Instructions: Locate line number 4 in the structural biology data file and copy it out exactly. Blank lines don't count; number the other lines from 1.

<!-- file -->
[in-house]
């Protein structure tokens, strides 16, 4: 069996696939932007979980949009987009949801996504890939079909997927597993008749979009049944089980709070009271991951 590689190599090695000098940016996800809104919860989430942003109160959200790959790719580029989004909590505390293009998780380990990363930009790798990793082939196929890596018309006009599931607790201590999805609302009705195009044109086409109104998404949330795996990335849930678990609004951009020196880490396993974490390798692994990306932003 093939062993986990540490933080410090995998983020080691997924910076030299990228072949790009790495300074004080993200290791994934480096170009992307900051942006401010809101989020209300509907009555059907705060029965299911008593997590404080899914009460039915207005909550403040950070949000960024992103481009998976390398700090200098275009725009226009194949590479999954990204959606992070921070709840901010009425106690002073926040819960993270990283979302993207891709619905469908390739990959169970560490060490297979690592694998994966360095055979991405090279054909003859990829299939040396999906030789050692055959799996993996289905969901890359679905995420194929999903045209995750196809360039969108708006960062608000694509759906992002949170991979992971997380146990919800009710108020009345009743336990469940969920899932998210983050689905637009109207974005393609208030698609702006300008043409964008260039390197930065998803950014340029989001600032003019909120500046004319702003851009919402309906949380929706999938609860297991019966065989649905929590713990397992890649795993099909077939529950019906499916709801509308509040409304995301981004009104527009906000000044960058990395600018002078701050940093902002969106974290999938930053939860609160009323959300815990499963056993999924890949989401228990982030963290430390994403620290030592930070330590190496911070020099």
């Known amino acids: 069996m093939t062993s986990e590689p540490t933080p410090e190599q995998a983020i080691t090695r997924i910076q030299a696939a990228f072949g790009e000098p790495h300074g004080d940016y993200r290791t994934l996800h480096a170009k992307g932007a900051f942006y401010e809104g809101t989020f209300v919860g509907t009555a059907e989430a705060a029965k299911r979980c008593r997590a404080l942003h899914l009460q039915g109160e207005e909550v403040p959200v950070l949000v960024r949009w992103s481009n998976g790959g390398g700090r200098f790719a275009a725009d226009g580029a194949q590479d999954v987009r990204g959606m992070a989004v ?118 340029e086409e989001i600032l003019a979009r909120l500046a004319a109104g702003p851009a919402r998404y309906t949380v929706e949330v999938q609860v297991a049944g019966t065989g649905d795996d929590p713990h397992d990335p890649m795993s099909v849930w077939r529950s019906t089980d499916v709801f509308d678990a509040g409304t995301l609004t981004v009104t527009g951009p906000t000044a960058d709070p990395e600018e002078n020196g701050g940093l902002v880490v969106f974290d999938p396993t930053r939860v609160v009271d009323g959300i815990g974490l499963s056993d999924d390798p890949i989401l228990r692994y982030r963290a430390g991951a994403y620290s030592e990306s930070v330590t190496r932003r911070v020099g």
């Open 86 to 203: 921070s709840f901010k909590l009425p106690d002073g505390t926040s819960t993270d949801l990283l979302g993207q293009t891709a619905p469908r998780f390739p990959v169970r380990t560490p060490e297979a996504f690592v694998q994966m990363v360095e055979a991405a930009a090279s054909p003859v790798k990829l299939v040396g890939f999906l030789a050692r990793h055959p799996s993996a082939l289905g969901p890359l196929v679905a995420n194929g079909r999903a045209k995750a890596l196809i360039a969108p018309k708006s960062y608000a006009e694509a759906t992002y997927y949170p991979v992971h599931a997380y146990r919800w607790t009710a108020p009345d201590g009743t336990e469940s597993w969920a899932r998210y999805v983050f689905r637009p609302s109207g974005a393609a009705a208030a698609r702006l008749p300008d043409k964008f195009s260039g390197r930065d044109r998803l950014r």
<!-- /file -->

């Open 86 to 203: 921070s709840f901010k909590l009425p106690d002073g505390t926040s819960t993270d949801l990283l979302g993207q293009t891709a619905p469908r998780f390739p990959v169970r380990t560490p060490e297979a996504f690592v694998q994966m990363v360095e055979a991405a930009a090279s054909p003859v790798k990829l299939v040396g890939f999906l030789a050692r990793h055959p799996s993996a082939l289905g969901p890359l196929v679905a995420n194929g079909r999903a045209k995750a890596l196809i360039a969108p018309k708006s960062y608000a006009e694509a759906t992002y997927y949170p991979v992971h599931a997380y146990r919800w607790t009710a108020p009345d201590g009743t336990e469940s597993w969920a899932r998210y999805v983050f689905r637009p609302s109207g974005a393609a009705a208030a698609r702006l008749p300008d043409k964008f195009s260039g390197r930065d044109r998803l950014r």